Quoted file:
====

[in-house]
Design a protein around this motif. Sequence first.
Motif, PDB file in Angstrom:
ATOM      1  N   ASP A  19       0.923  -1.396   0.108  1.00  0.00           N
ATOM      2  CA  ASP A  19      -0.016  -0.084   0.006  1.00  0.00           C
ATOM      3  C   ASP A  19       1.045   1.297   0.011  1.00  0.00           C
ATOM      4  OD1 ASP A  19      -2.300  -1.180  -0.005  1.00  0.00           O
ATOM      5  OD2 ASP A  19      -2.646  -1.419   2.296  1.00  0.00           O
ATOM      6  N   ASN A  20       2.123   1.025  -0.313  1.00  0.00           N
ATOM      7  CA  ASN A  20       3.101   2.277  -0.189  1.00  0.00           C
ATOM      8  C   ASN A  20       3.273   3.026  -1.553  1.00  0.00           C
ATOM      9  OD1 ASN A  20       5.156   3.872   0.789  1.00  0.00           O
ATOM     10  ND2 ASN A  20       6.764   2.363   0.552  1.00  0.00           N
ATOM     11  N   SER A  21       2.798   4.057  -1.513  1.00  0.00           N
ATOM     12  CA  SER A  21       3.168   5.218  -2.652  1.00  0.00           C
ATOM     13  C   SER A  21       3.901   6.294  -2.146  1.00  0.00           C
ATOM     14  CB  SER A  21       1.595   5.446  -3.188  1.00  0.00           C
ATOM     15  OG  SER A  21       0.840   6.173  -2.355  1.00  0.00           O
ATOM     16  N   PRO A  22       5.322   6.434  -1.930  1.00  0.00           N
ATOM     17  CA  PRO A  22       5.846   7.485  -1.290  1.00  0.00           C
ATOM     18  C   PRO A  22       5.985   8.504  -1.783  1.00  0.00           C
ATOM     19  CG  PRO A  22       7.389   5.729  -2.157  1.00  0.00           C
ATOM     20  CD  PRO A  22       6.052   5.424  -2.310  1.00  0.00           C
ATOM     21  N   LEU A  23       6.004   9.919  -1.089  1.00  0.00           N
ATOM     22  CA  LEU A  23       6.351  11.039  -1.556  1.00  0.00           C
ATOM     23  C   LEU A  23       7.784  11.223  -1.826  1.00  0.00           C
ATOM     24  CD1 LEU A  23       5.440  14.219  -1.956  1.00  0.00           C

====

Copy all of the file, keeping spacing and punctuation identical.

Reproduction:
[in-house]
Design a protein around this motif. Sequence first.
Motif, PDB file in Angstrom:
ATOM      1  N   ASP A  19       0.923  -1.396   0.108  1.00  0.00           N
ATOM      2  CA  ASP A  19      -0.016  -0.084   0.006  1.00  0.00           C
ATOM      3  C   ASP A  19       1.045   1.297   0.011  1.00  0.00           C
ATOM      4  OD1 ASP A  19      -2.300  -1.180  -0.005  1.00  0.00           O
ATOM      5  OD2 ASP A  19      -2.646  -1.419   2.296  1.00  0.00           O
ATOM      6  N   ASN A  20       2.123   1.025  -0.313  1.00  0.00           N
ATOM      7  CA  ASN A  20       3.101   2.277  -0.189  1.00  0.00           C
ATOM      8  C   ASN A  20       3.273   3.026  -1.553  1.00  0.00           C
ATOM      9  OD1 ASN A  20       5.156   3.872   0.789  1.00  0.00           O
ATOM     10  ND2 ASN A  20       6.764   2.363   0.552  1.00  0.00           N
ATOM     11  N   SER A  21       2.798   4.057  -1.513  1.00  0.00           N
ATOM     12  CA  SER A  21       3.168   5.218  -2.652  1.00  0.00           C
ATOM     13  C   SER A  21       3.901   6.294  -2.146  1.00  0.00           C
ATOM     14  CB  SER A  21       1.595   5.446  -3.188  1.00  0.00           C
ATOM     15  OG  SER A  21       0.840   6.173  -2.355  1.00  0.00           O
ATOM     16  N   PRO A  22       5.322   6.434  -1.930  1.00  0.00           N
ATOM     17  CA  PRO A  22       5.846   7.485  -1.290  1.00  0.00           C
ATOM     18  C   PRO A  22       5.985   8.504  -1.783  1.00  0.00           C
ATOM     19  CG  PRO A  22       7.389   5.729  -2.157  1.00  0.00           C
ATOM     20  CD  PRO A  22       6.052   5.424  -2.310  1.00  0.00           C
ATOM     21  N   LEU A  23       6.004   9.919  -1.089  1.00  0.00           N
ATOM     22  CA  LEU A  23       6.351  11.039  -1.556  1.00  0.00           C
ATOM     23  C   LEU A  23       7.784  11.223  -1.826  1.00  0.00           C
ATOM     24  CD1 LEU A  23       5.440  14.219  -1.956  1.00  0.00           C